Environmental & Sustainable Gardening

all the things you
can do, with this
RHS guide

Or start off by taking a
look at a couple of
individual areas:


It is difficult to overstate how essential pollinators are to life in general.
We can all make a contribution to supporting pollinators by growing in our garden, allotment or window box plants that will provide them with the pollen and nectar they need.

Browse through the lists of plants for pollinators recommended by the RHS:

Try to have some flowers in bloom throughout the year.

Is it best to have native plants, rather than non-native or exotic ones?
They can all have useful parts to play

Members may recall the talk that Darren Lerigo gave at our January meeting last year:
"Helping the Honey Bee"

Many cultivars of roses and dahlias, for instance, are useless to pollinators, as the many tightly packed petals of their blooms deny access to any pollen or nectar that there may be. Only the open-flowered varieties, with the centre of the flower exposed, are good for pollinators.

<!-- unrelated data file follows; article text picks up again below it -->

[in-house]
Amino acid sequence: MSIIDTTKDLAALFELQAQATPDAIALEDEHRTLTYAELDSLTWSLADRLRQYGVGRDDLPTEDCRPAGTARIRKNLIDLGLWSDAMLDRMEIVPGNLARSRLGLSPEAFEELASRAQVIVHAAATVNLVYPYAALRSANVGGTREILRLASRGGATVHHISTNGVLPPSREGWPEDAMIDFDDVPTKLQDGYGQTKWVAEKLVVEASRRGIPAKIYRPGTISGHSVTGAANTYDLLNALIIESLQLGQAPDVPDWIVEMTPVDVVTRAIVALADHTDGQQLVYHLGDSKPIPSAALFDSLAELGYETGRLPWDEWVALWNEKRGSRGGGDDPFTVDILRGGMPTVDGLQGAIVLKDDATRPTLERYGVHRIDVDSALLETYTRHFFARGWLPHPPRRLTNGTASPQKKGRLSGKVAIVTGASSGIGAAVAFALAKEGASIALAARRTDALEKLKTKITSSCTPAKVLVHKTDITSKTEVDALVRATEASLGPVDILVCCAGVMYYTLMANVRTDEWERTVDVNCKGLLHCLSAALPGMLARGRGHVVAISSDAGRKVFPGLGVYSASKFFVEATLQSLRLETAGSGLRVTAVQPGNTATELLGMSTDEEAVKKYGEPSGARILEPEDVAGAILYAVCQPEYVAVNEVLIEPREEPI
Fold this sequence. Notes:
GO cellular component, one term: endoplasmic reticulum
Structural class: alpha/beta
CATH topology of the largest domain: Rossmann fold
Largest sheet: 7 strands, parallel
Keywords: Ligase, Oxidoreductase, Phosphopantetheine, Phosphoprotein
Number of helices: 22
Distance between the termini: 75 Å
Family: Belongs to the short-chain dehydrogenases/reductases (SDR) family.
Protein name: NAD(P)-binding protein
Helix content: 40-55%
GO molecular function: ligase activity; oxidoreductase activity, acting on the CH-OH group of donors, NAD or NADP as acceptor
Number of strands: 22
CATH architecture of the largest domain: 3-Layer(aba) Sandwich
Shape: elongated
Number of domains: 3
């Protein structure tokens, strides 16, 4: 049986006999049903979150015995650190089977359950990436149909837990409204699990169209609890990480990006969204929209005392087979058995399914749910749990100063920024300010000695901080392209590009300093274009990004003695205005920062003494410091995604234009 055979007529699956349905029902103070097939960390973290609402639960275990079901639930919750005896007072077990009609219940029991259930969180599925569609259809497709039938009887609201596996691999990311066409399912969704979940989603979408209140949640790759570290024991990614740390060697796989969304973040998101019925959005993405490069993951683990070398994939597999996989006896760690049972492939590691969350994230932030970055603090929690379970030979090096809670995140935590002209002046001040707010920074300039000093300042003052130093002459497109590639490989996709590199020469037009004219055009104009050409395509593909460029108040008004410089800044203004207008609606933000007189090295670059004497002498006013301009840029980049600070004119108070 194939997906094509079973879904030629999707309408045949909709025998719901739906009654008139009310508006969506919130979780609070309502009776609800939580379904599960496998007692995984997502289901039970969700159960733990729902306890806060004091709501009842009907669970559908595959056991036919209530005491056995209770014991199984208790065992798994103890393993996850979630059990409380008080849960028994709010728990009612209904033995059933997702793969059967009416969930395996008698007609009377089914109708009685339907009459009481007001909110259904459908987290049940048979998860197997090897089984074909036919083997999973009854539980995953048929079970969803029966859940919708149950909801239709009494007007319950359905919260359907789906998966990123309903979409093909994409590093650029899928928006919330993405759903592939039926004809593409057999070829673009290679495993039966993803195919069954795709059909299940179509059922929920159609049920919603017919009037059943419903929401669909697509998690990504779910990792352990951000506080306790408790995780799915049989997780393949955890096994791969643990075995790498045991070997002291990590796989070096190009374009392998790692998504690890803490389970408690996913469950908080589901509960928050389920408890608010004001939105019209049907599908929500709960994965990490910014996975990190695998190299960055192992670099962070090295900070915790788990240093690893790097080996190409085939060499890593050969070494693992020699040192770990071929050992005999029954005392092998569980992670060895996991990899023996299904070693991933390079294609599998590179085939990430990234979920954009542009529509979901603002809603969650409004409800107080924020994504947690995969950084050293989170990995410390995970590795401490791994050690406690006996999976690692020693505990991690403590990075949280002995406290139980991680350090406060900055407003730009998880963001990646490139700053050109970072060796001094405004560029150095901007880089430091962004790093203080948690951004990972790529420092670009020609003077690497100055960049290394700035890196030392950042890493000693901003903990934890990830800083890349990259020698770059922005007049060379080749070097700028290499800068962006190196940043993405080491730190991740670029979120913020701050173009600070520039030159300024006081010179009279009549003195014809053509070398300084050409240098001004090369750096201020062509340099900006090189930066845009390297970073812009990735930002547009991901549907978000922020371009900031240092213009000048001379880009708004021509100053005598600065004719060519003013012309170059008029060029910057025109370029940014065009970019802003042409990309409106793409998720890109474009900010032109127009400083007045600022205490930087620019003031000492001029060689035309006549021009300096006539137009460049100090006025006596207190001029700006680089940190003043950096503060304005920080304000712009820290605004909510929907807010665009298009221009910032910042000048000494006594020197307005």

But don't dig up all those beautiful flowers - just make sure that you have loads more of other plants that are of use to pollinators.


Our use of water has a tremendous impact on the environment.

Perhaps the most important thing we can do to lessen the strain on the supplies of tap water that we tend to take for granted, is to collect rainwater for use in the garden.
In our area, where the tap water is has a quite high lime content, we need rain water for acid-loving plants, such as camellias and rhododendrons, but it is good for all plants - after all, that is the water all plants depend on in nature.
Harvesting Rainwater

It may seem the wrong time of the year to think of storing rainwater - after all, there's plenty of it about. However, when there is a drought, demand for water butts will soar and they may be difficult to find - also there will be no rain to collect. So now is the time to be putting in some rainwater storage.
Don't only think of diverting water coming down the house's downpipes. It's surprising just how much rainwater you can collect from the roofs of sheds and greenhouses.

Using water as efficiently as we can is good for the environment, but it is also good for our plants:


Have you got any ideas or
useful tips on sustainable &
environmental gardening?

We’d love to hear about them…

…just click here for the


where you can share them
with other members.

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